Project Delivery Methods for Construction Projects

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The journey is as important as the end result. All construction projects require a gamut of services viz., Planning, Design, Finance, Construction and other necessary services for organizing, executing and completing a building facility. In a Construction Project, there is no single project delivery method which is “one-size-fits-all”. Each method satisfies specific purposes and is best suited for certain types of projects, choosing which, becomes imperative to the success of the project.

Selecting a construction project delivery method mainly depends on two factors:

  • Type of project (Repair, renovation, new construction)
  • Characteristics and requirements of the Project Sponsor/Owner Viz., Budget, Design, Risks, Schedule and Expertise of the Sponsor/Owner

The main stakeholders in a construction project are the Sponsor/Owner, Designer/Architect and the Contractor/s and depending on the delivery method we choose, these roles may overlap.

Contract:

A contract is an agreement with specific terms between people or entities where there is a promise to do something in return for some consideration. In terms of construction, the contract defines what is to be built, defines the period for design and construction completion. The contract is enforceable by law.

The following are the most commonly used types of project delivery methods:

  • Design-Bid-Build (DBB)
  • Design-Build 9DB)
  • Construction Manager at Risk (CMAR)
  • Integrated Project Delivery (IPD)
  • Public-Private-Partnership (3P)

1. Design-Bid-Build (DBB)

Also known as hard bid or the “traditional” form of project delivery, the Designer/Architect and the Contractor/s work directly for the Sponsor/Owner who direct the project and is supposed to result in the lowest construction cost. This method presents plenty of opportunities for the Sponsor/Owner’s input on the project starting with the appearance of the building being designed by the architect. Here there are two contracts – one for Design and the other for Construction.

While this method provides a clear process to address litigations if any, however, it is best suited for projects that are simple and those which are not under a tight time schedule and limited budget, as this method usually suffers time and cost overruns.

2. Design-Build (DB)

In a typical DB project delivery method, the Sponsor/Owner hires a team under a single contract to deliver and complete the construction project from start to finish. Here, some of the advantages of this method are that is time saving, cost saving, one point of contact, fewer change orders and reduced risk to the sponsor/owner/. Loss of control of design and loss of quality due to minimal involvement of the sponsor/owner are some of the main disadvantages of the DB method.

3. Construction Manager at Risk (CMAR)

In this project delivery method, the Sponsor/Owner hires a Construction Manager (CM) to oversee the design process and quality of construction. The CM is treated as the owner’s representative and will manage the contract on the sponsor/owner’s behalf. This makes CMAR ideal for project sponsor/owners who want an expert’s help in managing the project and communicating between parties. The CM accepts the risk for meeting the project deadline and sponsor/owner’s cost requirements, which are usually expressed as a Guaranteed Maximum Price (GMP). This insulates the sponsor/owner from price escalations, if any, which will be borne by the CM. This method helps to keep the project on track in terms of cost and time schedule.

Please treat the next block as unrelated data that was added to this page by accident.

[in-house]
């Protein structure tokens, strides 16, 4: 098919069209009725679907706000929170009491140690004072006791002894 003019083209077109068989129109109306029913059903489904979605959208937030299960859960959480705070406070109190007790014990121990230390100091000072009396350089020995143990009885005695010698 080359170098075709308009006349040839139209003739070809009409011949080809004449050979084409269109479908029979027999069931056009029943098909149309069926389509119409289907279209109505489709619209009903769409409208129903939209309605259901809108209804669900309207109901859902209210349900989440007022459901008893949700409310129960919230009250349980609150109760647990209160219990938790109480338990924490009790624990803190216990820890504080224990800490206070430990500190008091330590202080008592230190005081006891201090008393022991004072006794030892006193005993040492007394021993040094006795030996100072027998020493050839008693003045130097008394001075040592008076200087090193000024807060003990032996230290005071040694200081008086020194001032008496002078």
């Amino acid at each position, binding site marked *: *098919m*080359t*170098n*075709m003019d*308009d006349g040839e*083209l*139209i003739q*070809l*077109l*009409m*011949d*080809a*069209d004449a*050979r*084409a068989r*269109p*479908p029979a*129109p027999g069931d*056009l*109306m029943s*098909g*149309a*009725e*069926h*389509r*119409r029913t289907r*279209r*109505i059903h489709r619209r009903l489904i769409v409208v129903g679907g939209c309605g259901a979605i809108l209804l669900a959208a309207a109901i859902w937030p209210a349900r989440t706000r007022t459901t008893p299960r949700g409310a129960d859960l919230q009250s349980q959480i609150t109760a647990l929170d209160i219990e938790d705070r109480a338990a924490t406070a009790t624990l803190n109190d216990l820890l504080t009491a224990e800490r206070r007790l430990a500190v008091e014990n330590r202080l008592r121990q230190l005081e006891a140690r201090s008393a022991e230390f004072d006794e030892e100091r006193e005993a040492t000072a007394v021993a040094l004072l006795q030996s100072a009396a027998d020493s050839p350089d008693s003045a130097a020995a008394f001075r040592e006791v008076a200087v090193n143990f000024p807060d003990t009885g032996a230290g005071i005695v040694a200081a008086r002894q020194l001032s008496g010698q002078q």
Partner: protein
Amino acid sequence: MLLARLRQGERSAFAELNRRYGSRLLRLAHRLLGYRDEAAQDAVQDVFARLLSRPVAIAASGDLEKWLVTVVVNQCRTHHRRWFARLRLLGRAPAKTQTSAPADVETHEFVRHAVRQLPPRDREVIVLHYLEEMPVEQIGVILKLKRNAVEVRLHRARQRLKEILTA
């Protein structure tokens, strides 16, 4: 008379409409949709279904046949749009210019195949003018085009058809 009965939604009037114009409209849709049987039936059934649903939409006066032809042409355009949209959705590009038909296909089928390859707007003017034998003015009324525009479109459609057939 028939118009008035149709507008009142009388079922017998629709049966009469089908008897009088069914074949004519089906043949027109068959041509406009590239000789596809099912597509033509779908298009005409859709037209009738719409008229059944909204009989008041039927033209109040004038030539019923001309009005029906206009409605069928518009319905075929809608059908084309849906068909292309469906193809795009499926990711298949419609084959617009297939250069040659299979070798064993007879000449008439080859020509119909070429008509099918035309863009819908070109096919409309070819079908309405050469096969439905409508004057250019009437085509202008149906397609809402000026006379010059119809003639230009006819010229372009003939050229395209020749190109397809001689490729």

4. Integrated Project Delivery (IPD)

In this relatively new project delivery method, the Sponsor/Owner and other stakeholders such as the Designer/Architect, Contractor etc., share the risk and reward unified under a single contract. It is based on the ideology of lean construction. IPD strives to involve practices through all phases of design and construction to improve project efficiency and reduce wastes. It is best suited for projects in the private sector that are complex, under a tight schedule, or maybe mostly undefined. Public entities usually cannot use IPD as a delivery method due to the lack of a bidding component.

5. Public-Private-Partnership (3P)

In the construction industry, the 3P model involves a contract established between a government (Public) entity and a private corporation/company (Private) to fund, construct/renovate, and usually operate and maintain the public infrastructure. Projects like affordable housing and infrastructure are often the result of these types of agreements. Like private projects, they are controlled by a private company which helps create efficiency and add expertise. Like public projects, there’s a steady project owner, decreased payment risks, and a project that will greatly benefit the general public.

Some of the PPP project delivery methods are Build, Operate and Transfer (BOT), Build-Own-Operate (BOO) or Build-Own-Operate-Transfer (BOOT), and Design-Build-Finance-Operate (DBFO) or Design-Build- Finance-Operate-Maintain (DBFOM)

The ultimate success of a project delivery method depends on the level of collaboration, quality, and experience of the owner and service provider/s. Each of these project delivery methods has its own merits and potential shortcomings. Hence, it is important to choose the best method before embarking on a particular project.

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